The Land Before Time

The day starts pretty early when you sleep on a boat. First, at about 6am, the generator starts (incidentally, that also means the toilet will once again be flushable – an important point, and, I suspect, the rock upon which many a relationship has dashed itself to pieces). Then the anchor is hauled up, which when you’re anchored in a fjord with sides that go straight down 40 metres, involves the winding of quite a lot of noisy anchor chain. Finally, the engine coughs into life, and you’re off. I consider myself to be pretty adept at sleeping, but if you can sleep through all that, you’re a more accomplished sleeper than I.

Consequently, we were showered and on deck well before 7, to find that the sky had rained itself out overnight and the outside world, while cloudy, was by and large habitable, with even patches of clear sky appearing here and there. Our first stop was back to the crayfish pots we’d placed yesterday. The first one came up with three or four mid-sized crays in it, and I did a little dance of excitement: crayfishing’s a new experience for me. Then the second pot came up, and it was CRAWLING with them. I found out later that one of them had been thrown back because the skipper thought it was TOO LARGE (ie a breeding male – letting them go, while not required by law, is good for the cray population). Still, plenty for the next group’s lunch.

After the excitement of the crays I thought we were done for the day, but soon we pulled in alongside a densely-forested island and the other crewperson, a lovely Dutch woman (and good cook) named Tresna, pulled out the binoculars in some excitement. The island is home to about 14 pairs of Fiordland Crested penguins, and we could see them having a morning dip! Sadly they were too far away for photos, but they were visible with and without binoculars, so that was an exciting addition to the morning.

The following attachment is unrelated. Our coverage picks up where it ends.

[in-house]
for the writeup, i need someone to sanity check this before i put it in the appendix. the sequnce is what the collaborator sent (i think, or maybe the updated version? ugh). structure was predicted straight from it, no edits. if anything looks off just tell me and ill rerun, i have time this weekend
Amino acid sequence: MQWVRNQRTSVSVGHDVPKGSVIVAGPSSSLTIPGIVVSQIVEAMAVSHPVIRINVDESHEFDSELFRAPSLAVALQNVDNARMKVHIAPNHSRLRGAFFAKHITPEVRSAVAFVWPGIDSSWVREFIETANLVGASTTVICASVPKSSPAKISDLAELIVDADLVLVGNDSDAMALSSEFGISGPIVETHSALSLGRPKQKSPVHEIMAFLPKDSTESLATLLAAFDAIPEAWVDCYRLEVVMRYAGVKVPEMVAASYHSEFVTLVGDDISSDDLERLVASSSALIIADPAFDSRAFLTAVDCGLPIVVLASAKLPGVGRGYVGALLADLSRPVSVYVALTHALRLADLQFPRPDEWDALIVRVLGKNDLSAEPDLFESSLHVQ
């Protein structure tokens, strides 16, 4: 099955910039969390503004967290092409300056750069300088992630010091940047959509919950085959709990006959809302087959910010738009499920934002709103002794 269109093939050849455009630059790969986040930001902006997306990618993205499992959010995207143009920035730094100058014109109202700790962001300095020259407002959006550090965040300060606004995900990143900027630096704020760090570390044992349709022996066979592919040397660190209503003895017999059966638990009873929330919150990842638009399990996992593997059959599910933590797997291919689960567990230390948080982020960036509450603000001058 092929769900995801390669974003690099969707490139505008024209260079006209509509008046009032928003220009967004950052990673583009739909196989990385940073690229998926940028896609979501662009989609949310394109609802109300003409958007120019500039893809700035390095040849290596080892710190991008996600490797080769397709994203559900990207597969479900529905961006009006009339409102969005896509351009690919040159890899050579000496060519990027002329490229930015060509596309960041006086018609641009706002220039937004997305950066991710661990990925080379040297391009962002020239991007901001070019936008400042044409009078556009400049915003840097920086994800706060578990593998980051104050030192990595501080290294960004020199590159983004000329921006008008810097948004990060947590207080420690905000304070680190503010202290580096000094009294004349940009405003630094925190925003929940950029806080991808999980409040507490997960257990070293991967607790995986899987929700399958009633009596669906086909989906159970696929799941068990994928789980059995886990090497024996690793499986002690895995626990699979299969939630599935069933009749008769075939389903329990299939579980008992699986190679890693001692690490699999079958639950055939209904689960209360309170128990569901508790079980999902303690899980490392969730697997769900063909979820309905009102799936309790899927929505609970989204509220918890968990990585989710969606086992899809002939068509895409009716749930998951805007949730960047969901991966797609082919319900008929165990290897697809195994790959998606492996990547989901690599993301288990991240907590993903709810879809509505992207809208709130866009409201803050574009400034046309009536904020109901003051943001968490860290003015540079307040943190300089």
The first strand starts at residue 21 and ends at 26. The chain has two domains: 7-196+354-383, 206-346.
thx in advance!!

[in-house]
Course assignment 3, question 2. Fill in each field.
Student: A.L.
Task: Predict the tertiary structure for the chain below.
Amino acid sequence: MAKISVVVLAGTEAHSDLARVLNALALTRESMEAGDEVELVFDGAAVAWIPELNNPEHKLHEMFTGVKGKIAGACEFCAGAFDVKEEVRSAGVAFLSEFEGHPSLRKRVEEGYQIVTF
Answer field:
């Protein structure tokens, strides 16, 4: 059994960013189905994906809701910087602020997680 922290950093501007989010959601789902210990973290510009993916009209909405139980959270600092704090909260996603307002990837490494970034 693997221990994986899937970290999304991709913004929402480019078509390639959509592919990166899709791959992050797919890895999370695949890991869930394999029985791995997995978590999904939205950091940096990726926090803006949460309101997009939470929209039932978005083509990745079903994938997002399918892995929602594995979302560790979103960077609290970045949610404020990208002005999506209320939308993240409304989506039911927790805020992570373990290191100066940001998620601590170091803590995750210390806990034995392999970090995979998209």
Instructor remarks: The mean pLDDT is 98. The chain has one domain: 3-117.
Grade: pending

Speaking of forestation, the explanation for this post’s title is that New Zealand’s fiordland is reputedly covered in vegetation that is the closest modern example of that that which covered the former supercontinent of Gondwanaland. It’s essentially temperate rainforest, chilly but also mossy and ferny and frankly, if you’re a dinosaur nerd, much more exciting than a bunch of trees has any right to be. The Penguin Island felt like the kind of place where Littlefoot and Cera could have settled down and raised an attractive inter-species family without worrying about judgment from the other dinosaurs. At the very least, there are probably Moas roaming its interior (in false moustaches – I’m sure it’s to their advantage that we keep thinking they’re extinct).

Anyway, back to the boat. More excitement was to come, if you want to use that word. While we were sitting around the breakfast table, skipper John pulled up a chair and looked at us all with a serious face. I don’t know whether you all noticed Sim’s use of FORESHADOWING yesterday when he mentioned a rushing mountain stream and perilous bridge – well it turned out that the previous day’s worth of rain had flooded the road, which was now impassable. The buses couldn’t get across; we were cut off from the mainland. The solution? We would instead be transported by helicopter.

This news was greeted with jubilation by everyone on board except one. The one was me. Until yesterday, I had got through my whole life without once stepping aboard a helicopter, and I was pretty happy with that statistic. When the time came, Sim clicked away happily with his camera and peered out at the glorious mountain scenery spinning around under us. I spent the mercifully short trip gripping my seat and praying that the angel of death would pass us by; if I’d thought about it a little more I wouldn’t have been above smearing a little blood on the doorposts just to make sure. (Passover joke, yo!) Obviously we made it, and I’m aware that statistically I’m probably more likely to have died on the bus to or from the helicopter than on the helicopter itself, but just shut up, ok? Man wasn’t meant to hover. God reserved hovering for bees and hummingbirds.

In fact, we made it all the way to Queenstown, our final stop on this journey. I’ll leave it to Sim to cover our last day.

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